Bernardina de Salas y Trujillo
- Born: Abt 1635, Santa Fé, Santa Fé, Nuevo Méjico, Nueva España
- Marriage: Andrés Hurtado Captain By 1652 in Bernalillo, Nuevo Méjico, Nueva España 250
- Died: 2 Feb 1729, Santa Fé, Santa Fé, Nuevo Méjico, Nueva España about age 94 311
Another name for Bernardina was Bernardina de Salas y Orozco.
It is no wonder that Bernardina de Salas Orozco y Trujillo and her family are listed as the first family of Alburquerque in New Mexico Genealogical Society's monumental book, Aqui Se Comienz. As I journey through this book, time and time again, I find myself coming back to Bernadina. She should really be called the "Founding Woman of Alburquerque," since she raised or is related to many of the people that are contained within the book. 509
Noted events in her life were:
• Family Background Information. 250
Information from Hurtado's declaration to governor, dated October 17, 1661, Santa Fé, indicates that he was married by 1652. His wife has been identified by Fray Angélico Chávez as Bernardina de Salas y Trujillo (sometimes called Bernardina de Salas y Orozco). Chávez indicated that Andrés Hurtado was referred to as a son-in-law of Diego Trujillo (see ONMF, pg. 10). The original source (AGN Tierras, t. 3268, f. 94) refers to Captain Diego de Trujillo as an encomendero and then mentions "su hijo Capn Franco de Trujo y sus yernos Capn Xptoval Vaca y Capn Andres Hurtado." This record clearly indicates that the wives of of Cristóbal Baca and Andrés Hurtado (Ana Moreno de Lara and Bernardina de Sala y Trujillo, respectively) were daughters of Captain Diego de Trujillo, and thus they were sisters of Francisco de Trujillo.
Fray Angélico Chávez refered to Bernardina de Salas y Trujillo as a daughter of Francisco de Trujillo, but did not provide a specific source citation for this statement. It appears that there may have been some confusion that resulted in the inconsistency with his previous statement about Andrés Hurtado being his son-in-law. Chávez also mentioned that Bernardina de Salas was a "grand-daughter of María de Vera," but once again did not give a specific source citation for the statement.
Based on the declaration of Andrés Hurtado that he arrived in New México in 1649 and was married and had a family of five children in 1661, the eldest of which was nine years of age (b. abt. 1652), we can estimate the year of marriage with Bernardina de Sala y Trujillo as circa 1649-1651. As such Bernardina de Salas y Trujillo was a contemporary of Francisco de Trujillo, rather than his daughter. This further supports the statement that Andrés Hurtado was a son-in-law of Diego de Trujillo.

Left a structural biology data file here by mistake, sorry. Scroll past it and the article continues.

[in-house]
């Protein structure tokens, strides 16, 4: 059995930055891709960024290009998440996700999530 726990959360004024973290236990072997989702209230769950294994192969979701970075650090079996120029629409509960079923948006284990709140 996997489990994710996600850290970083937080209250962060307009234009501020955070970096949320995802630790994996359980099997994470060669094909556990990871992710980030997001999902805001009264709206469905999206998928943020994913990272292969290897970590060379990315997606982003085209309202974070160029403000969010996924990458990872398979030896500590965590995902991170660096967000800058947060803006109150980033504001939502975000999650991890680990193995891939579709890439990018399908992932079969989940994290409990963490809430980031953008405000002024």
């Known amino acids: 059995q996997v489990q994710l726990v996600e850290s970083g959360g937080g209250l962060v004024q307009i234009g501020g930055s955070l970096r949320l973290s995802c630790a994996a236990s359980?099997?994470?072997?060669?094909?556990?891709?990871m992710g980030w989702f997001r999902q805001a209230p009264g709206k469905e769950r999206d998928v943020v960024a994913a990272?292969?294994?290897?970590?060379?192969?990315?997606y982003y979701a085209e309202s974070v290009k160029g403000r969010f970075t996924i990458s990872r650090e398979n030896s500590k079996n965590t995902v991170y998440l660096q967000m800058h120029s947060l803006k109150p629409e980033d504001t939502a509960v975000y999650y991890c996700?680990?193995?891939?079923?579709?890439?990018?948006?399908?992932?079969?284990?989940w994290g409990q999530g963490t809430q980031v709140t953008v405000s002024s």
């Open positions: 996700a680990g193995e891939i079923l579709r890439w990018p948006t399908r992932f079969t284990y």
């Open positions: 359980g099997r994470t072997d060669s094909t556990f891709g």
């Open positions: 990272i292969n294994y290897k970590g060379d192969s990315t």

From Beyond Origins Vol, 9
Researcher: The Honorable DonJosé Antonio Esquibel
Source: AGN, Tierras, t. 3268, f. 60vff.
• Census, 11 Sep 1684, El Paso, The Pueblo de Nuestra Senora de Guadalupe del Paso, Nuevo Méijico, Nueva España. 287,315
The family of dona Bernardina Trujillo, widow, consists of 9 persons. She has 4 fanegas of corn that she finished harvesting. Clothing, very indecent.
Fortieth household, one daughter, one stepdaughter and two other children
Doña Bernardina Truillo, widow of Captain Andrés Hurtado, with one daughter named doña Mariana Salas Orozco, eighteen; and one one stepdaughter named Juana, with two daughters and one some, named María, fourteen; Bernardina, eight; and José, four.
Royal Crown Restored, pg. 47
• Census: Don Diego de Vargas, 22 Dec 1692 to 2 Jan 1693, El Paso del Norte, Nuevo Méjico. Nueva España. 287
Thirty-ninth household, one daughter, one stepdaughter, and two of her children
Doña Bernardina Trijillo, widow of Captain Andrés Hurtado, with one daughter named doña Mariana Salas Orozco, eighteen; and one stepdaughter named Juana, with two daughters and one son, named Maria, fourteen: Bernardina, eight; and José, four.
Royal Crown Restored, pg. 47
• Dates & Events. 252
Bernardina was a member of the Diego de Vargas party that returned to New Mexico in 1693, after the Pueblo Revolt of 1680 drove the Spanish New Mexican settlers out of New Mexico.
The Hurtado children were numerous. Lucía de Salazar (Salas or Hurtado), was the wife of Captain Don Fernando Durán y Cháves. Isabel de Salazar was the third wife of Juan Lucero de Godoy. María de Salazar was married to Manuel Baca. Mariana married Manuel Vallejo and her sister Catalina was the wife of José Gallegos. Daughter, Juana, was captured by the Pueblo people during the revolt, was later rescued by her brother Martín in 1692. There were at least four brothers, Andrés, Diego, Francisco and Martín.
~The Origins of New México Families, pg. 49
• Livestock Distribution, 1697, Santa Fé, Nuevo Méjico, Nueva España. 510
doña Bernardina de Salas, widow with dependents, Bernarda and Berardina, 4.5 varas of wool, 3.75 of baize and 9 mantas
~Blood on the Boulders II, pg. 1151
• Dates & Events, 1706.
Bernardina de Salas y Trujillo was among the founding mothers of Alburquerque in 1706.
Bernardina married Andrés Hurtado Captain, son of Pedro Hurtado and Catalina de Salazar, By 1652 in Bernalillo, Nuevo Méjico, Nueva España.252 (Andrés Hurtado Captain was born in 1628 in Zacatecas, Nueva Galicia, Nueva España 252 and died in 1679 in Santa Fé, Santa Fé, Nuevo Méjico, Nueva España.)